Monday, March 27, 2017

Government Cannot Seize Data on Foreign Servers

It is rare for the federal government to lose in court, especially when it asserts law enforcement interests. That is why it’s all the more surprising that the U.S. Court of Appeals for the Second Circuit ruled against the federal government’s demand to access data on computers owned by American companies abroad. This important case is called Microsoft Corp. v. United States. On the government’s petition for rehearing by the Court, the government lost by a tie vote of 4-4. A majority is needed to grant rehearing, and the government fell short by merely one vote.

The federal government had ordered Microsoft to turn over copies of emails that were being stored on its computer servers in Ireland. The government relied on the Stored Communications Act, which was signed into law by President Reagan in 1986 as Title II of the Electronic Communications Privacy Act (ECPA).

A federal magistrate judge had found probable cause that emails held on computer servers in Ireland contained evidence of a crime. Microsoft had control of those computer servers but they refused to comply with the order since the servers were outside of the United States. Microsoft even allowed itself to be held in contempt of court rather than turn over the emails. They immediately appealed the ruling to the Second Circuit, where Microsoft prevailed in a unanimous decision allowing it to withhold the emails.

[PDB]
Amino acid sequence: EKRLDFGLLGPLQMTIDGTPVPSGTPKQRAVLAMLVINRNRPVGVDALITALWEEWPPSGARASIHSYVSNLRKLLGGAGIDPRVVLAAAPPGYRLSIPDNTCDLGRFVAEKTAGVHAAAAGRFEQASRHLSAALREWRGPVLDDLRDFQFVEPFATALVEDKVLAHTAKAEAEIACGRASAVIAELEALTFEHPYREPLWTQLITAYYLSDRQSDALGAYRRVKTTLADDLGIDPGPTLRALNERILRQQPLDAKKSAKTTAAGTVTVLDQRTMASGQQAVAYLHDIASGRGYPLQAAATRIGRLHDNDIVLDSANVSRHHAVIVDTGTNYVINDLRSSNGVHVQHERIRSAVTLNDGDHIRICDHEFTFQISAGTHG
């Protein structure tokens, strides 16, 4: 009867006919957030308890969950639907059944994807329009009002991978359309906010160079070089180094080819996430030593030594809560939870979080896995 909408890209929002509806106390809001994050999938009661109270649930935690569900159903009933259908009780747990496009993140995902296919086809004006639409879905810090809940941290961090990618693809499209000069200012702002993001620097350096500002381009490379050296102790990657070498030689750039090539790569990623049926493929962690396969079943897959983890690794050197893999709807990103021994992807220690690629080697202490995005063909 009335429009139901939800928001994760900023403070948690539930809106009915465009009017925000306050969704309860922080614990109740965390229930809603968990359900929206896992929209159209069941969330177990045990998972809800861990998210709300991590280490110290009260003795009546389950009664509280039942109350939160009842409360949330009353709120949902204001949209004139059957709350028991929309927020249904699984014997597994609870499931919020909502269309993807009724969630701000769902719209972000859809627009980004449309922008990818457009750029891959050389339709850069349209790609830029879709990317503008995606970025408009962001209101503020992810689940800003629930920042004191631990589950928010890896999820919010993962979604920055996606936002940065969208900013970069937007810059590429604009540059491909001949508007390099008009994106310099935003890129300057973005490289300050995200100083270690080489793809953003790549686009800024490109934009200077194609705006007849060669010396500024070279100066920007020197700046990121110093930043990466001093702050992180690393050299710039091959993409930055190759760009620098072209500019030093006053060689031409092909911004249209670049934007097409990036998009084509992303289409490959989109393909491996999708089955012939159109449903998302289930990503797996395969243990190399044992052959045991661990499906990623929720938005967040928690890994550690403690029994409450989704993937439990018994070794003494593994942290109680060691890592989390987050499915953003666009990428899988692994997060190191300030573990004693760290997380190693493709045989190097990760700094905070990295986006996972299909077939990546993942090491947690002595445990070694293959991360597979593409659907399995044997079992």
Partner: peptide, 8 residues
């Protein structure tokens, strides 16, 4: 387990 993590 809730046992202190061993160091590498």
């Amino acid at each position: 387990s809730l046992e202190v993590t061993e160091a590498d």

The Second Circuit held that the ECPA does not extend to data on computer servers located outside of the United States. On the petition for rehearing by the entire Second Circuit, each of four judges asserted their passionate dissents. This was an extraordinary display of their disapproval of the ruling by the Court to allow companies to conceal emails from law enforcement. The judges on both sides of this issue lamented how the federal law is three decades old. The original law was enacted long before the massive expansion in the use of email and social media. An appeal to the U.S. Supreme Court is likely in this case’s future.

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